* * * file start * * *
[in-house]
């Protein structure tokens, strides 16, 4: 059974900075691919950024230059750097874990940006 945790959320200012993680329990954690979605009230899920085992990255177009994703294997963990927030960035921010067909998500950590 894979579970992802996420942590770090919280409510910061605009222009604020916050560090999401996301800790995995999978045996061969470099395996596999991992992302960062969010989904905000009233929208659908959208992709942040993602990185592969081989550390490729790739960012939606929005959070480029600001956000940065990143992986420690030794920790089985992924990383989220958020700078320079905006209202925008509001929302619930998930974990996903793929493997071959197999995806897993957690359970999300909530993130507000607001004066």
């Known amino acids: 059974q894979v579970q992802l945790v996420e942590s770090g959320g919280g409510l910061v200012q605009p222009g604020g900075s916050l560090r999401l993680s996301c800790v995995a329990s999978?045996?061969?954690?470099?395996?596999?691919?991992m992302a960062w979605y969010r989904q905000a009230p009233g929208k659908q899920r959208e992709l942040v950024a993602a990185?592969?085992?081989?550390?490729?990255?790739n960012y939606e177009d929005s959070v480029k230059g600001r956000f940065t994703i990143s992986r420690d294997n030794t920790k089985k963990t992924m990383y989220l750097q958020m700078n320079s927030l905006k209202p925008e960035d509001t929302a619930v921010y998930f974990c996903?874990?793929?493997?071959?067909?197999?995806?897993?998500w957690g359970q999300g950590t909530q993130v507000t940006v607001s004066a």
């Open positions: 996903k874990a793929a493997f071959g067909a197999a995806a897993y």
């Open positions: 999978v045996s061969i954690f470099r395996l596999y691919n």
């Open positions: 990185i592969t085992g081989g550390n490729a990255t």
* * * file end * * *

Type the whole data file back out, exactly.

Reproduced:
[in-house]
């Protein structure tokens, strides 16, 4: 059974900075691919950024230059750097874990940006 945790959320200012993680329990954690979605009230899920085992990255177009994703294997963990927030960035921010067909998500950590 894979579970992802996420942590770090919280409510910061605009222009604020916050560090999401996301800790995995999978045996061969470099395996596999991992992302960062969010989904905000009233929208659908959208992709942040993602990185592969081989550390490729790739960012939606929005959070480029600001956000940065990143992986420690030794920790089985992924990383989220958020700078320079905006209202925008509001929302619930998930974990996903793929493997071959197999995806897993957690359970999300909530993130507000607001004066």
């Known amino acids: 059974q894979v579970q992802l945790v996420e942590s770090g959320g919280g409510l910061v200012q605009p222009g604020g900075s916050l560090r999401l993680s996301c800790v995995a329990s999978?045996?061969?954690?470099?395996?596999?691919?991992m992302a960062w979605y969010r989904q905000a009230p009233g929208k659908q899920r959208e992709l942040v950024a993602a990185?592969?085992?081989?550390?490729?990255?790739n960012y939606e177009d929005s959070v480029k230059g600001r956000f940065t994703i990143s992986r420690d294997n030794t920790k089985k963990t992924m990383y989220l750097q958020m700078n320079s927030l905006k209202p925008e960035d509001t929302a619930v921010y998930f974990c996903?874990?793929?493997?071959?067909?197999?995806?897993?998500w957690g359970q999300g950590t909530q993130v507000t940006v607001s004066a």
């Open positions: 996903k874990a793929a493997f071959g067909a197999a995806a897993y």
């Open positions: 999978v045996s061969i954690f470099r395996l596999y691919n």
């Open positions: 990185i592969t085992g081989g550390n490729a990255t």